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Blanchet House grapples with growing demand for food during the coronavirus emergency.

COURTESY PHOTO: JOANNE ZUHL/STREET ROOTS - Sisters Of The Road serves take-out meals to unhoused people in Old Town on Wednesday, March 25. A statewide stay-home order prohibits serving sit-down meals.Six days a week, three times a day, Blanchet House dishes up close to 1,000 free hot meals at its dining hall on the corner of Northwest Glisan Street and Third Avenue in Old Town Portland.

Over the past two weeks, as the coronavirus pandemic has rattled Portland, it has watched demand for the meals it serves nearly double.

"We're really concerned about running out of food."

At the same time, it has seen donations from its usual sources of food dwindle.

"We're really concerned about running out of food," Julie Showers, Blanchet House's communications manager, told Street Roots. She said part of the problem is that the nonprofit's typical donors, grocery stores, have less to give.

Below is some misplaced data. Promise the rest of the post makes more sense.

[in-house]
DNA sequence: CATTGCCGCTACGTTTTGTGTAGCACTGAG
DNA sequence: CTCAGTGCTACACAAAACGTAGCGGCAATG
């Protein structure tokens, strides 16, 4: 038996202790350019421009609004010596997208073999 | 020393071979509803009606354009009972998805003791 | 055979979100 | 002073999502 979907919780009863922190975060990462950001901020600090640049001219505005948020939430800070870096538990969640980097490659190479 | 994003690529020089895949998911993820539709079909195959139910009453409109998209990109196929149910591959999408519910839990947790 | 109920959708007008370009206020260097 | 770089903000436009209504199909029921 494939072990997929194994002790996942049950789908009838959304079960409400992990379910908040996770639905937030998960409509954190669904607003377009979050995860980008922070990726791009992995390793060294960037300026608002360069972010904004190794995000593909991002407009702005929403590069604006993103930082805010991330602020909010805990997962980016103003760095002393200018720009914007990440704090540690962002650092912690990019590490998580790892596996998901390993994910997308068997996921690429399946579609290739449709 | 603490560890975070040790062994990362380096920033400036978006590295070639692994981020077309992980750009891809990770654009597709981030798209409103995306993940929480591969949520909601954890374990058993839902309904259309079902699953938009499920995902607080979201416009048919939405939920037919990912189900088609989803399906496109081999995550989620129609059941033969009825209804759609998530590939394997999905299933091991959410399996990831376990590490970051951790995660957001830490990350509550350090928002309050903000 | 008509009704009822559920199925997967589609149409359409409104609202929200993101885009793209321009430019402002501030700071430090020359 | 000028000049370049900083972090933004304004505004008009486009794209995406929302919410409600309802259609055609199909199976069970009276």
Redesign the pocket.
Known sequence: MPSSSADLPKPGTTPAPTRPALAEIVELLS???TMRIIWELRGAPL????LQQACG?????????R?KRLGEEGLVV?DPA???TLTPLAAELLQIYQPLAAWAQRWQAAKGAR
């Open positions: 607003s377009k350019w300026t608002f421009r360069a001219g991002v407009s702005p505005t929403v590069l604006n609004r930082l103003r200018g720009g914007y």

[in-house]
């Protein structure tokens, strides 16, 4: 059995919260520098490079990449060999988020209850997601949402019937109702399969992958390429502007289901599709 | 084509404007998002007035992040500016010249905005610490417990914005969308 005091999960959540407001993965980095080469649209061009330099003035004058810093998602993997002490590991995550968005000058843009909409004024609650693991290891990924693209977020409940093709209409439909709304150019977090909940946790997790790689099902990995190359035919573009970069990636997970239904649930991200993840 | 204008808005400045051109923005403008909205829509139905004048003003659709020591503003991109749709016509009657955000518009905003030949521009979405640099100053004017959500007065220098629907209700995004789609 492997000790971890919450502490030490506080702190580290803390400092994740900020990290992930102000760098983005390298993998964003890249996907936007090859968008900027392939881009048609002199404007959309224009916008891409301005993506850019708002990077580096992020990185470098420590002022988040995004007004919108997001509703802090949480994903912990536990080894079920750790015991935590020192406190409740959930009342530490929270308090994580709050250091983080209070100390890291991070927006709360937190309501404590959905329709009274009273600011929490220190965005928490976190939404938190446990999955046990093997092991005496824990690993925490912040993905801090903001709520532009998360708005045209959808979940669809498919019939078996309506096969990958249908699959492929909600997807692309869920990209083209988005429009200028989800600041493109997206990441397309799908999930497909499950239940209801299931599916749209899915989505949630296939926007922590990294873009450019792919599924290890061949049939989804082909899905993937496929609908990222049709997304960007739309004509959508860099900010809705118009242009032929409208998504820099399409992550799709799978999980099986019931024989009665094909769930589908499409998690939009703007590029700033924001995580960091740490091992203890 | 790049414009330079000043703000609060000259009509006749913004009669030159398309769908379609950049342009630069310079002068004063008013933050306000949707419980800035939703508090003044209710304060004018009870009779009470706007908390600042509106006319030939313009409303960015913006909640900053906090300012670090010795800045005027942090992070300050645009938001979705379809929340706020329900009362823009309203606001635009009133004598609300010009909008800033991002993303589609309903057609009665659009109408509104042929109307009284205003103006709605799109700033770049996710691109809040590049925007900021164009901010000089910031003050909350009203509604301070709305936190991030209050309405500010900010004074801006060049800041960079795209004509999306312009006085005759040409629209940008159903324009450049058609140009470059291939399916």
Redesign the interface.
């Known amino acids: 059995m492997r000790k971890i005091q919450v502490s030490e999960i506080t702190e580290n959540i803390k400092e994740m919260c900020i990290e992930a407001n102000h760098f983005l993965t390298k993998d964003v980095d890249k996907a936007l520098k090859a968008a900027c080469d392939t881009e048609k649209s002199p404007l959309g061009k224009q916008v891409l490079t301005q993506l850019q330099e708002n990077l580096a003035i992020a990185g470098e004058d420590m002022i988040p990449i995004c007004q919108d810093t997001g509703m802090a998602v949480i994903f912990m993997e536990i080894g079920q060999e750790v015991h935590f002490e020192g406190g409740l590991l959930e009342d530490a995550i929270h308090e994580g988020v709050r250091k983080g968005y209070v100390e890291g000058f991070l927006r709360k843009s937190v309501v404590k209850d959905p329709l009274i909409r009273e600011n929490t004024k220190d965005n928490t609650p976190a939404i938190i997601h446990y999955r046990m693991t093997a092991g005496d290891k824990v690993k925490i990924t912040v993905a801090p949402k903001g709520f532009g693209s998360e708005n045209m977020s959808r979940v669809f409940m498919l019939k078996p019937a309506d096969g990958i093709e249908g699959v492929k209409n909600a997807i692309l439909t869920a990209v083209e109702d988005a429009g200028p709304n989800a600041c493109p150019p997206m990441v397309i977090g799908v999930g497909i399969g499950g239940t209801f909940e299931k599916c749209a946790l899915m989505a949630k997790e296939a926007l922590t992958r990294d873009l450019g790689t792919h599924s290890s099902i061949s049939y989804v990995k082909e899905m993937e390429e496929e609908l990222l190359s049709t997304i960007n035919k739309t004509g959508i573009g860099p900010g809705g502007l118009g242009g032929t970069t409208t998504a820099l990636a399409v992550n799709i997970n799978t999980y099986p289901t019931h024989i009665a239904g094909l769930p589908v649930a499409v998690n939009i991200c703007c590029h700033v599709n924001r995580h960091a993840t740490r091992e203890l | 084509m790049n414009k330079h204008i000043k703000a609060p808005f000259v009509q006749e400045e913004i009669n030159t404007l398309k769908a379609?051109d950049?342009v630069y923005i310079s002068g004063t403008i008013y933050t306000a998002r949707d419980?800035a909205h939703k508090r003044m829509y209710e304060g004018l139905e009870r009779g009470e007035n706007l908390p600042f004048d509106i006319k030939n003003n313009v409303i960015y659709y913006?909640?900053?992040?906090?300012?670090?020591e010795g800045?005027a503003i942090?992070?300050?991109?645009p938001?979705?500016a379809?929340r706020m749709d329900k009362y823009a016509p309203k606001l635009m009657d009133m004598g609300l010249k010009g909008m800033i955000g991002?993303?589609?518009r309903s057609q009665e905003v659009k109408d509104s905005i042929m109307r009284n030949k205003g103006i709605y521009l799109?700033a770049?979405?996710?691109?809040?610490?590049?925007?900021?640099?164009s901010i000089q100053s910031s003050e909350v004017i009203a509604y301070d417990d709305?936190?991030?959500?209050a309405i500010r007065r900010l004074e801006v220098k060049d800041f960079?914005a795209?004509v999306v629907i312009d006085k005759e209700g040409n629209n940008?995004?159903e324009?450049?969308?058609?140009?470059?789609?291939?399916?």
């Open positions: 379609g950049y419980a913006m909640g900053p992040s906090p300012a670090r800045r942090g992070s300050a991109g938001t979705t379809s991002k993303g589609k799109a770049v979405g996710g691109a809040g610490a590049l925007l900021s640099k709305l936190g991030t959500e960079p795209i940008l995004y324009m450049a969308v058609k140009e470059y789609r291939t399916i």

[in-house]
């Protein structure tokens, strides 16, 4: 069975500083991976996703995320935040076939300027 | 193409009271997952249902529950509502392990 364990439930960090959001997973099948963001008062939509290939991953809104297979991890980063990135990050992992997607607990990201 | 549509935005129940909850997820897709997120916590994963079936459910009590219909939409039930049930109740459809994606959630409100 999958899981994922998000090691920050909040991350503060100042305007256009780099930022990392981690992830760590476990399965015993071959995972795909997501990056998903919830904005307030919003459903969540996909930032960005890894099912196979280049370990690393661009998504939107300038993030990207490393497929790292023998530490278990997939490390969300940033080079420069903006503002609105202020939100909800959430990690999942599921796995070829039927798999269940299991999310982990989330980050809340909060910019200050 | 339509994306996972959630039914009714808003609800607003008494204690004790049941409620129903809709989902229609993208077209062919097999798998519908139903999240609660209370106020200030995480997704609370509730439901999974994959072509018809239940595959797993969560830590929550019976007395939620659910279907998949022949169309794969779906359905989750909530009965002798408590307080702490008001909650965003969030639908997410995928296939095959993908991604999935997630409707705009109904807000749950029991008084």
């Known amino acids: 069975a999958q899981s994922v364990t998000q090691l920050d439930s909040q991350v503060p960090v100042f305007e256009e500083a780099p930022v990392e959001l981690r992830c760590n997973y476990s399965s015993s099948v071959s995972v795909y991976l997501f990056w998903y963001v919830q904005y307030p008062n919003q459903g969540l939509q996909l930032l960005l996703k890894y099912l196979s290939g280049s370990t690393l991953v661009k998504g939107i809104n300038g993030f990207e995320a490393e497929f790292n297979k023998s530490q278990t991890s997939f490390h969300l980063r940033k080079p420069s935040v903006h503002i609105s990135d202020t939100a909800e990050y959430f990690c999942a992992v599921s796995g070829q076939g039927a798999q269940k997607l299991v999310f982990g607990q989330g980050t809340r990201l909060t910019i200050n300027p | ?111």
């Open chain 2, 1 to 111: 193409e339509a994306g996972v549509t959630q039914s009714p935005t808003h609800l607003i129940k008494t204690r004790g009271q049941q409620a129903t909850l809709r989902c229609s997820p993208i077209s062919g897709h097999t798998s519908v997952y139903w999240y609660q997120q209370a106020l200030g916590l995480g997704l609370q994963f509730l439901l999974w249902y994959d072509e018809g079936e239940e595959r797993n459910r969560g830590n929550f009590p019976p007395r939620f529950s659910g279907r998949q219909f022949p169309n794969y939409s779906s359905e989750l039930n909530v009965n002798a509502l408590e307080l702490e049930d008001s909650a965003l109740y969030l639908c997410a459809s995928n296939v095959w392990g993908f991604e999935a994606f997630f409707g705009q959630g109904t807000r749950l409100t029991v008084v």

pmg"They don't have excess food like they used to," she said, "so we're getting much less food from our food donors."

The nonprofit makes purchases from the Oregon Food Bank when supplies run low, but with increased demand, it's worried about its ability to stay stocked.

On Monday, Blanchet House served 1,700 meals, with a line stretching for blocks down Third Avenue. This made social distancing difficult, she said, given the many challenges facing the population the dining hall serves.

Showers said many new diners are coming from Portland's east side, where some social services have closed. As nonprofits shutter, many may be referring people to Blanchet House, she said, but it's hard to tell exactly why demand has gone up so dramatically.

This Street Roots story is shared as part of a local media project to increase COVID-19 news coverage.

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